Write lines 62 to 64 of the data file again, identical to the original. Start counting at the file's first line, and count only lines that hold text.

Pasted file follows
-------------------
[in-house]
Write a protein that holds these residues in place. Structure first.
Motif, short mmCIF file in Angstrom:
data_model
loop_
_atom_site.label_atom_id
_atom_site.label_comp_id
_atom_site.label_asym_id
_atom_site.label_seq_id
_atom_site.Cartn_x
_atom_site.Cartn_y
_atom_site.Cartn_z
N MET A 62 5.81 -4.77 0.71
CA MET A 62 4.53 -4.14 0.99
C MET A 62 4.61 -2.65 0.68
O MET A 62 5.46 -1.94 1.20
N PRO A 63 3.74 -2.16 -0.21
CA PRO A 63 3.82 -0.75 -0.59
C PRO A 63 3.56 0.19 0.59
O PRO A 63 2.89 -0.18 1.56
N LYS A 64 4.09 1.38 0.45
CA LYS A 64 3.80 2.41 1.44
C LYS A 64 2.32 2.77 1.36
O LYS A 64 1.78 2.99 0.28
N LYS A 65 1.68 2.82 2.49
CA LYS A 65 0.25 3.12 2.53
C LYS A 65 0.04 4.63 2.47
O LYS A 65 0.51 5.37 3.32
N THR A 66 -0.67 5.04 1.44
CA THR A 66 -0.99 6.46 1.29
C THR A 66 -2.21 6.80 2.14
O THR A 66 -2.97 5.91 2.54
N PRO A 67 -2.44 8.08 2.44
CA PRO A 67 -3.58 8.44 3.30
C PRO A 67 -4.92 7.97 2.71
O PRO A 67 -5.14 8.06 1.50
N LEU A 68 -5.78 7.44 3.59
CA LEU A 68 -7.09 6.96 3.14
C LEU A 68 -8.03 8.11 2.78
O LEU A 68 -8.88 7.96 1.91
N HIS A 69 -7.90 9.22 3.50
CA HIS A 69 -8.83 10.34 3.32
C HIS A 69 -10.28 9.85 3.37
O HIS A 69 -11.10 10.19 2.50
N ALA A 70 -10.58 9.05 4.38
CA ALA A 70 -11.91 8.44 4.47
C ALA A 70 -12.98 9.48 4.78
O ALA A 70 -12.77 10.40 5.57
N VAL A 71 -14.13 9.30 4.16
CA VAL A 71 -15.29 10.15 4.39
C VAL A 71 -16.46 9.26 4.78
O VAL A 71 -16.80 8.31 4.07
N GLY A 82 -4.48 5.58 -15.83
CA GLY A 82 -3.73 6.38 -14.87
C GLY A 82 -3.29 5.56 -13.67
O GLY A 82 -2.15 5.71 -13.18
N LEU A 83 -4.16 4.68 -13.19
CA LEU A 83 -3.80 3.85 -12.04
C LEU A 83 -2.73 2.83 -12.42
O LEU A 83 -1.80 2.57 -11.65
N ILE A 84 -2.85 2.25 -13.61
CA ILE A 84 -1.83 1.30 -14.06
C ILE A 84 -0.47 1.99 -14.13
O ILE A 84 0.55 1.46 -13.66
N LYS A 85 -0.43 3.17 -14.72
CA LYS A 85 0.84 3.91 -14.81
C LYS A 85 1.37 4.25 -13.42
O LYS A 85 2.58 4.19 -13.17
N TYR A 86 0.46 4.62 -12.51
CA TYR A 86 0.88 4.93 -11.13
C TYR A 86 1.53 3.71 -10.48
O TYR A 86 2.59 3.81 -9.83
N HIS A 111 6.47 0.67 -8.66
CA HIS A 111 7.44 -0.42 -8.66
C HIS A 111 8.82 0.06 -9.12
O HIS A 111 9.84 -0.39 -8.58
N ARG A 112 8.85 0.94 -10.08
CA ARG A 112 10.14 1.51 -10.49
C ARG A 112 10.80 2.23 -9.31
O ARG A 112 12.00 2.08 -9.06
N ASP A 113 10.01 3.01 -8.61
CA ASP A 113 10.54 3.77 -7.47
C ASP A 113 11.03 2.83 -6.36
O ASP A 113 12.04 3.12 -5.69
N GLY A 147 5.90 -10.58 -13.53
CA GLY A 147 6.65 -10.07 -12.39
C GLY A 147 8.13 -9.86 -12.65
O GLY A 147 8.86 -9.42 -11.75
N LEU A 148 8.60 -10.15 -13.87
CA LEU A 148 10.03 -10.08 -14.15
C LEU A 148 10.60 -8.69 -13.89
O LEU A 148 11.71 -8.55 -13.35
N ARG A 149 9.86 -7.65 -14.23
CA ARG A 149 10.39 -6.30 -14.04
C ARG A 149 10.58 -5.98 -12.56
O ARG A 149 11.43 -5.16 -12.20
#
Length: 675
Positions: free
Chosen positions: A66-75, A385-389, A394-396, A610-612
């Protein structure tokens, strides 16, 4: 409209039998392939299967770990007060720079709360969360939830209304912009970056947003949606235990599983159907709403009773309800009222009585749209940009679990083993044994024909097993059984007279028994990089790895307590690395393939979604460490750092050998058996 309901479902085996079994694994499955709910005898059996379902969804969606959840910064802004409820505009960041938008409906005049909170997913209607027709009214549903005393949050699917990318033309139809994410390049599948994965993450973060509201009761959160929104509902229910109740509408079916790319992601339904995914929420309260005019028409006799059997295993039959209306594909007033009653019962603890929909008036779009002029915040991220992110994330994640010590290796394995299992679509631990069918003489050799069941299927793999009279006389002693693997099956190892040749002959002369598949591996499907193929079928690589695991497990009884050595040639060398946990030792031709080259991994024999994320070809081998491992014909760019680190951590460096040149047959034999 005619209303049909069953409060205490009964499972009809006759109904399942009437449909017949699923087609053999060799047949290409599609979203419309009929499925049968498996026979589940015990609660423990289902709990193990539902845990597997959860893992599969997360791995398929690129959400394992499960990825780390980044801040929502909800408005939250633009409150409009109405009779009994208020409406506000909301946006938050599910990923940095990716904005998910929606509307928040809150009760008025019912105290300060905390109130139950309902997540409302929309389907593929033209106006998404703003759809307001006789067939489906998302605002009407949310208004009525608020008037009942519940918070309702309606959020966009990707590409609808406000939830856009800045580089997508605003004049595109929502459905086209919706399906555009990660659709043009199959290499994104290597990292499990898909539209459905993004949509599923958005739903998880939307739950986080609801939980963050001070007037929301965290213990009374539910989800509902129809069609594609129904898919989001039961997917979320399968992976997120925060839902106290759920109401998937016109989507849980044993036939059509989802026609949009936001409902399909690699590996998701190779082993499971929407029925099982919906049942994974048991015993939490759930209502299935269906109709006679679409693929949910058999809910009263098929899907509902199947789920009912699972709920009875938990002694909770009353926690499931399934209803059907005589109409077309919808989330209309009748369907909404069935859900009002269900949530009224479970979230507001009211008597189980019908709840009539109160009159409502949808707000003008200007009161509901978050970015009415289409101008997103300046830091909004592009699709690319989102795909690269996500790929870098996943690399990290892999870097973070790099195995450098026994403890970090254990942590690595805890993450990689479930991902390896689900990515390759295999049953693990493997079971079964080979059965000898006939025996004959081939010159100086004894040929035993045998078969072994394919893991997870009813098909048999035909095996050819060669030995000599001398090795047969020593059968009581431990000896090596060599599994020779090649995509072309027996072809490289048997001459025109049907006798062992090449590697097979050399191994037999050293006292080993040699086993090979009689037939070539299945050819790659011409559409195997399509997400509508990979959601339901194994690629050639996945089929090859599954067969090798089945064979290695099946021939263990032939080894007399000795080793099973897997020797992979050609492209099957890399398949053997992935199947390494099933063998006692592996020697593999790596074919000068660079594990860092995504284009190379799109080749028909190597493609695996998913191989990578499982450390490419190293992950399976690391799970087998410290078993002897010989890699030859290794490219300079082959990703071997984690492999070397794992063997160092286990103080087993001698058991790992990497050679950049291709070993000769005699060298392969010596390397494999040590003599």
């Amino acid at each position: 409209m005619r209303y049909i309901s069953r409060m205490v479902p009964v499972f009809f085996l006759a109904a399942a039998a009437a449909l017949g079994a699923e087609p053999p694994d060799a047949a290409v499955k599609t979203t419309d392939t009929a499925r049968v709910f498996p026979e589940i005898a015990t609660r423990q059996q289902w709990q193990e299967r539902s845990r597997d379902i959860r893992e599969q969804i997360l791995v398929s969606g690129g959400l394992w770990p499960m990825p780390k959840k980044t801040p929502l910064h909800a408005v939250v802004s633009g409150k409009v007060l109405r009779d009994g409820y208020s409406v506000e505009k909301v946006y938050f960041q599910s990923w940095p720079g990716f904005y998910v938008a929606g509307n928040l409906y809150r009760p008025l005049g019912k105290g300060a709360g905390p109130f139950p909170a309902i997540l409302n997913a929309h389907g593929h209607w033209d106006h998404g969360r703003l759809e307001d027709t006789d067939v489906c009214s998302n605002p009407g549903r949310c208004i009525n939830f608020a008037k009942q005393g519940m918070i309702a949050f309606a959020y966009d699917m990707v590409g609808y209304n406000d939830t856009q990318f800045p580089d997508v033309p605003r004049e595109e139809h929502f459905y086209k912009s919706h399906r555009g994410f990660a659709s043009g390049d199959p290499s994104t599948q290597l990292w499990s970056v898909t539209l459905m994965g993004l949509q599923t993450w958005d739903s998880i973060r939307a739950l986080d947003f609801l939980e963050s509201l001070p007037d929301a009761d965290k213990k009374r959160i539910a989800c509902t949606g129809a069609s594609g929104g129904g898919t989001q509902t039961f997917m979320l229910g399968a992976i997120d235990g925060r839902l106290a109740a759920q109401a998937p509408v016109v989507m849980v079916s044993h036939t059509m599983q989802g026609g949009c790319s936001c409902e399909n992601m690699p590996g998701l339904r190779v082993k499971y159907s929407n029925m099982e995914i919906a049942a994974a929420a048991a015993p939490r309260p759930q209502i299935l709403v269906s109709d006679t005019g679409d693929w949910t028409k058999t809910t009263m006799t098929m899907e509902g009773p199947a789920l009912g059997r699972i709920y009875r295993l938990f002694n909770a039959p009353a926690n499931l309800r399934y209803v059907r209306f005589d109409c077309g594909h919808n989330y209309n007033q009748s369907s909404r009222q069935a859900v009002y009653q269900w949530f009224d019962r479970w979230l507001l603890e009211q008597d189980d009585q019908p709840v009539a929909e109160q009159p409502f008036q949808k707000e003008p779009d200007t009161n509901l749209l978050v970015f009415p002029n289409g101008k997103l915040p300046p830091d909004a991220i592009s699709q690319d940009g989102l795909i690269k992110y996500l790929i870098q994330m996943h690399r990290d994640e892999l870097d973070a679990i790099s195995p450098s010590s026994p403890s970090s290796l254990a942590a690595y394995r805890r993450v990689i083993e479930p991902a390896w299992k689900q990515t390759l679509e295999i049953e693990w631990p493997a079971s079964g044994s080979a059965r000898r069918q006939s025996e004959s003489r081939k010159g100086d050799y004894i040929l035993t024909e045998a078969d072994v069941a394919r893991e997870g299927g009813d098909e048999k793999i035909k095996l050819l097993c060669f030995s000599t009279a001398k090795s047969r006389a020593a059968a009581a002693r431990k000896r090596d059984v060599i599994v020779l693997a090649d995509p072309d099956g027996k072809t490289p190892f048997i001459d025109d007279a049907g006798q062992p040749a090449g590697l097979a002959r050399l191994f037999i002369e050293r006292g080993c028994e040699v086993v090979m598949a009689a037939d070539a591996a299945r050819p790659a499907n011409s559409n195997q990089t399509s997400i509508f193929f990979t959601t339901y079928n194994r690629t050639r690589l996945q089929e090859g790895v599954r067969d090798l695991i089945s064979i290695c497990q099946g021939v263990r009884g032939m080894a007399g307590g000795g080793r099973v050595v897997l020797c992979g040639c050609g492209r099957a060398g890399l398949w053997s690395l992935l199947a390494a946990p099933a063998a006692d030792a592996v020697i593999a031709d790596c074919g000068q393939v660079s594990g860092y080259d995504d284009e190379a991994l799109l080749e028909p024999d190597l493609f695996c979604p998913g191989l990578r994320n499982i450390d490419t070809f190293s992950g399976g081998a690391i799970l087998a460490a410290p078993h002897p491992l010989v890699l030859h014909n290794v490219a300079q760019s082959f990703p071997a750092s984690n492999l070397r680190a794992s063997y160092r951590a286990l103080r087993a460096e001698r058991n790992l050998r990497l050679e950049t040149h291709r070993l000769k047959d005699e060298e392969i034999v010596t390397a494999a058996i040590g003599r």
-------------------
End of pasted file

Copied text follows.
CA ILE A 84 -1.83 1.30 -14.06
C ILE A 84 -0.47 1.99 -14.13
O ILE A 84 0.55 1.46 -13.66